Fyodor Dostoyevsky put his finger on it when he said: “Much unhappiness has come into the world because of bewilderment and things left unsaid.” Most of us are aware of the importance of open and honest communication – with our partners for sure, as well as with our parents, children, friends and co-workers. A move abroad can easily put a wrench in relationships or a wedge between people who care deeply for each other. Communication gets disrupted and frames of references get shifted — all of a sudden it’s as if you no longer speak the same language.
Communication can go wrong early in the relocation process if you are not proactive and mindful. Being on the same page in terms of understanding how a decision to relocate abroad has come about is important. For a couple this may mean taking a closer look at how it actually happened and then start a conversation from there. Was it a true consensus decision, or more of an “ok, I’ll do it” on one partner’s end? The way the decision was made likely impacts the communication needed in order to ensure a successful relocation.
Another example would be the kind of expectations grandparents have in keeping in touch with their relocated grandchildren. Has there been a discussion regarding what’s going to happen? Are they going to call once a week for a quick chat, will they be using Skype to read bedtime stories several times a week? Once expectations have been communicated and a plan agreed upon, it’s easier to focus on the important part: the actual communication.
I recently heard an interview with the artist Joanna Newsom in which she explained her song writing process. She said that when her goal is to convey a particular message, she breaks it down into the smallest part necessary in order to convey her meaning, and then she builds upon that. I feel like the same is true in relationships – sometimes you just have to start with the most basic of thoughts and then move it forward step by step. But, that can be easier said than done and sometimes you need help to know where to start.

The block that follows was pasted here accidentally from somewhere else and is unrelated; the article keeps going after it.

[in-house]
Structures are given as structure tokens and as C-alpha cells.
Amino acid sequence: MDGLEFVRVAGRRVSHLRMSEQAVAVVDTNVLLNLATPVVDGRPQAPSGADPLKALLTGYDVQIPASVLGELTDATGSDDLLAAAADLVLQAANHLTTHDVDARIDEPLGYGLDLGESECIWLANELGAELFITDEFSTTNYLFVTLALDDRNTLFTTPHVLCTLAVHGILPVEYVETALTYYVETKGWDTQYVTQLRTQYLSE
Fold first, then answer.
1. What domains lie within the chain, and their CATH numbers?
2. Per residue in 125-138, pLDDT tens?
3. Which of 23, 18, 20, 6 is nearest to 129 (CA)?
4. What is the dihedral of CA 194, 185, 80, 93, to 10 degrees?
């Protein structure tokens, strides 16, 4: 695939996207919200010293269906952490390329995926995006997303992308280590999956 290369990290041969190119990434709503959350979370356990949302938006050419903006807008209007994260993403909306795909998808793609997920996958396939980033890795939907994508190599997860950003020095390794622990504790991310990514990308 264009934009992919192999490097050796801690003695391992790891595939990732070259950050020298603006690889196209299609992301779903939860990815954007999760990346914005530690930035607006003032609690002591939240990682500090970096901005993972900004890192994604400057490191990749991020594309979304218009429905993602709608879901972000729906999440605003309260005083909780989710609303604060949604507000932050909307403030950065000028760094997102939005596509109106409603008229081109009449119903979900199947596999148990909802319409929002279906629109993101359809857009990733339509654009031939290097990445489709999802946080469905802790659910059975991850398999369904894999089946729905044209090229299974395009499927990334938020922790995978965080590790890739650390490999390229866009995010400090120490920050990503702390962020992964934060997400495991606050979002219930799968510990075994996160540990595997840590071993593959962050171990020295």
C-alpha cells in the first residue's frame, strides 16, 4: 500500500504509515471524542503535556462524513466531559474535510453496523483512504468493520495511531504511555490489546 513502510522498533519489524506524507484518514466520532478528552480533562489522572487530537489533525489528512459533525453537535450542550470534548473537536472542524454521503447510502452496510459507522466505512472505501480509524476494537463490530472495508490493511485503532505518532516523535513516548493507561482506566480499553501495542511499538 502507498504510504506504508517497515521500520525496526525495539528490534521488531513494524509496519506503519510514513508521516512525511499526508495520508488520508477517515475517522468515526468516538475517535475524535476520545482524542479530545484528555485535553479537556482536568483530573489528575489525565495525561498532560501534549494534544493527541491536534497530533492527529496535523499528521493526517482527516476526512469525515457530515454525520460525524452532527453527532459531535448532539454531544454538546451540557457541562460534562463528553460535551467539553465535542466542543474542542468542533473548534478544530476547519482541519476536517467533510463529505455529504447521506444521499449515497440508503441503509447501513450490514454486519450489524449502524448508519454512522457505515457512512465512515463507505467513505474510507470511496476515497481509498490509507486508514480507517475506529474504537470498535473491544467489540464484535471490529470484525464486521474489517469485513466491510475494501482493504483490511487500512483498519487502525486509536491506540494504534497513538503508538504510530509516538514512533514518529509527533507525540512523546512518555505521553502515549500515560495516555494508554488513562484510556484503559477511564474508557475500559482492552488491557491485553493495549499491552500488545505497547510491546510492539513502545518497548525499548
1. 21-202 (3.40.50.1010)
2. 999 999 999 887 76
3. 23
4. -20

So, what do you do if you feel stuck and don’t know how to establish good communication? There is a lot of information on the Internet, from personal blogs, expat websites and social forums to newspaper articles and podcasts on a wide variety of related subjects. A couple of websites to take a look at are Expat Therapist and Expat Child. A podcast to explore is The Bittersweet Life. Some news sources, such as The Wall Street Journal and BBC for example, have dedicated expat sections with personal blogs as well as reporting. All of these sources can be useful in finding insights, seeking advice or preparing for an international relocation.
For those who want more hands-on help there are therapists who specialize in expat issues, and relocation and cultural adaptation coaches who can give guidance. There are also many books on the topic, a few that might be worth checking out are:
- Expat Teens Talk, by Dr. Lisa Pittman & Diana Smit
- Subtle Differences, Big Faux Pas, by Elizabeth Vennekens-Kelly
- How To Be a Global Grandparent: Living with the Separation, by Peter Gosling and Anne Huscroft
- The Good Shufu: Finding Love, Life and Home on the Far Side of the World, by Tracy Slater
- Unrooted Childhoods: Memoirs of Growing Up Global, by Faith Eidse and Nina Sichel
Journaling is recommended by many professionals as a way to sort through expectations and desires for personal growth and understanding, and it can serve as a source for starting a dialog with other people. Considering how we communicate is also important. There is so much great technology available that it is easy to forget that sometimes a real face-to-face conversation is needed, not just a quick text message to say ‘hi’ or a poke on Facebook. Good news is that today’s technology allows for just that.
By: Felicia Shermis